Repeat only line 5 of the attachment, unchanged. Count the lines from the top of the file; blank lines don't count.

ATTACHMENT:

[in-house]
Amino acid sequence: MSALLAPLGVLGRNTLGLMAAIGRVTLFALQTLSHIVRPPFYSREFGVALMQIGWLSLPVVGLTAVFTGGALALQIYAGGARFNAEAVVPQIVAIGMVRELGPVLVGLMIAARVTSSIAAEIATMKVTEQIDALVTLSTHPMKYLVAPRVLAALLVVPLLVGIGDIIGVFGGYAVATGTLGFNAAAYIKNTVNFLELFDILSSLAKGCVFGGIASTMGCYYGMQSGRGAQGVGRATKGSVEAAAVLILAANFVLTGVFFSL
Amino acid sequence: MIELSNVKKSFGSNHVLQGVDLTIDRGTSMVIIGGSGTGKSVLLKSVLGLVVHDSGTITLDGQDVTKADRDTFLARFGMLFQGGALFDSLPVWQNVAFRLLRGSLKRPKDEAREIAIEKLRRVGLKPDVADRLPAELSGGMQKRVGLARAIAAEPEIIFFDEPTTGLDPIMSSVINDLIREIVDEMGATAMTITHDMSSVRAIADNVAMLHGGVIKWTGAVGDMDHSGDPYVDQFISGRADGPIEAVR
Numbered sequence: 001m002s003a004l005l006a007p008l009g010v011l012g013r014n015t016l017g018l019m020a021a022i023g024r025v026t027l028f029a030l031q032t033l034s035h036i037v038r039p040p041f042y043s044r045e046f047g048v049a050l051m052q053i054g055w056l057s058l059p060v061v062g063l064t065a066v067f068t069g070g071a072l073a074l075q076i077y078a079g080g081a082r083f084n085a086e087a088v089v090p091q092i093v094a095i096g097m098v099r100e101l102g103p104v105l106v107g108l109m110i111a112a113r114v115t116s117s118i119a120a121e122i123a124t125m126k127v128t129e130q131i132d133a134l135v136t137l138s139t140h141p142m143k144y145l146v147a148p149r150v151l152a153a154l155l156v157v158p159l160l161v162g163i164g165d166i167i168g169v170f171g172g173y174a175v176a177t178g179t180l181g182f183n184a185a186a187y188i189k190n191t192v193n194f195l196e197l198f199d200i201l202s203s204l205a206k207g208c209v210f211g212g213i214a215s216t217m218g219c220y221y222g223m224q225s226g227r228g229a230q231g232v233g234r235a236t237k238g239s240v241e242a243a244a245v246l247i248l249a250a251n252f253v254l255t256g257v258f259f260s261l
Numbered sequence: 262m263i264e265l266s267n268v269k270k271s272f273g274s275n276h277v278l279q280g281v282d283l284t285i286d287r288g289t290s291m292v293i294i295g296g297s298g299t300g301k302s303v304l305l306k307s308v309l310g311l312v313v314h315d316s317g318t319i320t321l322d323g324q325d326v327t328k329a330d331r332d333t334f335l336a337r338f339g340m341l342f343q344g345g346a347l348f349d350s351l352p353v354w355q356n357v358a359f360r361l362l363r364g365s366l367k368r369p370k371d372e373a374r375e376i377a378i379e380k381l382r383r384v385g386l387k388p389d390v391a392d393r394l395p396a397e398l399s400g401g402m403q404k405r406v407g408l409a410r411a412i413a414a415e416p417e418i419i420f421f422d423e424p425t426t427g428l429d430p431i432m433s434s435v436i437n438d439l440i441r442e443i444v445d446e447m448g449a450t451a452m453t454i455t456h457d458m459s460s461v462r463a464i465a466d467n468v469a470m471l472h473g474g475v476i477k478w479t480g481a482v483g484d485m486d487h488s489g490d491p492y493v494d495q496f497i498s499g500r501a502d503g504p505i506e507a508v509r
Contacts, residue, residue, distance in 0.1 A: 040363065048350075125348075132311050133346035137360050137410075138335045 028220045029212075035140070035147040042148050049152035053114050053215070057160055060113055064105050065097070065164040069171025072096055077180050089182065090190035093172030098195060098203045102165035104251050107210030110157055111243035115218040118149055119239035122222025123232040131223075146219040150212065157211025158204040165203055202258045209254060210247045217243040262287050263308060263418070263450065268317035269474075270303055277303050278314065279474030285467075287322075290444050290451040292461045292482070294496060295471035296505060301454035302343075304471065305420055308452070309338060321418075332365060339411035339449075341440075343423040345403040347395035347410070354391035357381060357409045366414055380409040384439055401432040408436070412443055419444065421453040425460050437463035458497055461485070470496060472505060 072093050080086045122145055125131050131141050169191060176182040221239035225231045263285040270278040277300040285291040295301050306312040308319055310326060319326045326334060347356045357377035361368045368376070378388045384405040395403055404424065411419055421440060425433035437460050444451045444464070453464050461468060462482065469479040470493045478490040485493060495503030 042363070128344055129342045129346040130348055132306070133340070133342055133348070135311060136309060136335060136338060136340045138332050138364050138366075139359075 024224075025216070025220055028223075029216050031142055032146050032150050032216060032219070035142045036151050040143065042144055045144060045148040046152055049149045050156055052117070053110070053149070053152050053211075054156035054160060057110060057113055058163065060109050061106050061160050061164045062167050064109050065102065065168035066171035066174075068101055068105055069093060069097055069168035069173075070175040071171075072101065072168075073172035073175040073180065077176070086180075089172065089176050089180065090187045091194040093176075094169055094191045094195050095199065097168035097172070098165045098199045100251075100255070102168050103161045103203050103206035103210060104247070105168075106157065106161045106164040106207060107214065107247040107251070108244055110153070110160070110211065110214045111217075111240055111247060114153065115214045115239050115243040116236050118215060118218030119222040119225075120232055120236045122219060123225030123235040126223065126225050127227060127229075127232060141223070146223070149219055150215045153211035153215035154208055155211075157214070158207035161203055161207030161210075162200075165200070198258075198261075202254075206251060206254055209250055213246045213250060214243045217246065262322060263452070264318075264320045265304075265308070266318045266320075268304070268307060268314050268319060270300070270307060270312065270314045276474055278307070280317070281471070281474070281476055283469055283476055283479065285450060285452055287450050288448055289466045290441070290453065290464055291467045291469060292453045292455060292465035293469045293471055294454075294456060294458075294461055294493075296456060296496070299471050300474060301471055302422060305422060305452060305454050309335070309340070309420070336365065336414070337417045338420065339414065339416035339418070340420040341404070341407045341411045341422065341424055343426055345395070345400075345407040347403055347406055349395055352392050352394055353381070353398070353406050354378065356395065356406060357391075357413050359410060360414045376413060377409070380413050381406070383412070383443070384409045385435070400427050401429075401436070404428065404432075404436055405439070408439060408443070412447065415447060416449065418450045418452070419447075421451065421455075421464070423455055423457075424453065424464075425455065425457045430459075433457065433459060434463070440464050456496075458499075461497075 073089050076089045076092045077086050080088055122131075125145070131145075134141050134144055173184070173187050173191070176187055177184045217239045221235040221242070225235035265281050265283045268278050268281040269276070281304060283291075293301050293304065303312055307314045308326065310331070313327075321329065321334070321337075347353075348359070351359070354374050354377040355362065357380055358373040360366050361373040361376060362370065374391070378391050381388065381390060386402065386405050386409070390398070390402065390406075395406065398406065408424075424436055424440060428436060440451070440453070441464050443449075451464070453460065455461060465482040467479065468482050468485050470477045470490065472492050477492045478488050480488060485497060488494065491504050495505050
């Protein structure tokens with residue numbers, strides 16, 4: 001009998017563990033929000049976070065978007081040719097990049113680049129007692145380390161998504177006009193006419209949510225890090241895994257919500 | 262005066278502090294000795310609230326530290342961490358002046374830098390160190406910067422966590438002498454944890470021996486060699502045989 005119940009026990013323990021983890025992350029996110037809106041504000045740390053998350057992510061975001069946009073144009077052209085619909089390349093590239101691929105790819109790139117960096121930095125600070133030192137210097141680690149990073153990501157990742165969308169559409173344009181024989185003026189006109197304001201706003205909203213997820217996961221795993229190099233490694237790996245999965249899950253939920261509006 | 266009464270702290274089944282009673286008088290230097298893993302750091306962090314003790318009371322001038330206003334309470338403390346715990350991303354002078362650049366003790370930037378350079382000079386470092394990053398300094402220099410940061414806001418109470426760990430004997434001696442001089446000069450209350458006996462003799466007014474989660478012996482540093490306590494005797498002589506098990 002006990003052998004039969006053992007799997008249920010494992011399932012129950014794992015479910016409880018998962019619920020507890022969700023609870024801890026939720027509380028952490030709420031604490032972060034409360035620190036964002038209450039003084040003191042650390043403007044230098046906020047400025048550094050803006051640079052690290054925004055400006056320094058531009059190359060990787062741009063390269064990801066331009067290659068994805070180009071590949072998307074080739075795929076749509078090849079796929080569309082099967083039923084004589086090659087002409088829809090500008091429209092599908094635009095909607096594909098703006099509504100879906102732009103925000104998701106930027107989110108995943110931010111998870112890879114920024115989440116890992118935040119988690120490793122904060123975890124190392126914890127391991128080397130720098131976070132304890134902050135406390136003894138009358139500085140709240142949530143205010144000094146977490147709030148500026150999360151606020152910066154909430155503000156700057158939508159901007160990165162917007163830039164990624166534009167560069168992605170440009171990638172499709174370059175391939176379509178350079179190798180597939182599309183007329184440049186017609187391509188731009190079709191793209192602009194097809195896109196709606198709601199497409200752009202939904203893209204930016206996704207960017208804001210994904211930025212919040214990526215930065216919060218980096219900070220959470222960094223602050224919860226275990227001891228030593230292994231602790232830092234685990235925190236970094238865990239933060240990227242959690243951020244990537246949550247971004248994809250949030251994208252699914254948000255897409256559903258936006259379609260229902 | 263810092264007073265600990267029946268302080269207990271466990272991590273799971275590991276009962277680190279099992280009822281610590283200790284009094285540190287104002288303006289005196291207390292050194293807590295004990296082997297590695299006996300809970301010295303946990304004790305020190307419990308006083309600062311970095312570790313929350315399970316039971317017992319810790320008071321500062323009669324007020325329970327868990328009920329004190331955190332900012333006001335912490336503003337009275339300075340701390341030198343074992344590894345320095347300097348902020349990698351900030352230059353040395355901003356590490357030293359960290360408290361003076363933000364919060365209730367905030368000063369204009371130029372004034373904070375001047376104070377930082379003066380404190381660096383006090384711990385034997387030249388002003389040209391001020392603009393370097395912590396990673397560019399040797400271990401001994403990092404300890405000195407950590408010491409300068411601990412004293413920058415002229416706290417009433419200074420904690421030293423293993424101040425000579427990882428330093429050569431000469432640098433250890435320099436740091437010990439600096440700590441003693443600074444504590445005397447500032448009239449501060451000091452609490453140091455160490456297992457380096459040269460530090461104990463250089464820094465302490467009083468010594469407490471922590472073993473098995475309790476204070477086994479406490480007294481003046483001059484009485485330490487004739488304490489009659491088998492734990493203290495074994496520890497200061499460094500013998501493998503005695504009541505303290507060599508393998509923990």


Numbered sequence: 262m263i264e265l266s267n268v269k270k271s272f273g274s275n276h277v278l279q280g281v282d283l284t285i286d287r288g289t290s291m292v293i294i295g296g297s298g299t300g301k302s303v304l305l306k307s308v309l310g311l312v313v314h315d316s317g318t319i320t321l322d323g324q325d326v327t328k329a330d331r332d333t334f335l336a337r338f339g340m341l342f343q344g345g346a347l348f349d350s351l352p353v354w355q356n357v358a359f360r361l362l363r364g365s366l367k368r369p370k371d372e373a374r375e376i377a378i379e380k381l382r383r384v385g386l387k388p389d390v391a392d393r394l395p396a397e398l399s400g401g402m403q404k405r406v407g408l409a410r411a412i413a414a415e416p417e418i419i420f421f422d423e424p425t426t427g428l429d430p431i432m433s434s435v436i437n438d439l440i441r442e443i444v445d446e447m448g449a450t451a452m453t454i455t456h457d458m459s460s461v462r463a464i465a466d467n468v469a470m471l472h473g474g475v476i477k478w479t480g481a482v483g484d485m486d487h488s489g490d491p492y493v494d495q496f497i498s499g500r501a502d503g504p505i506e507a508v509r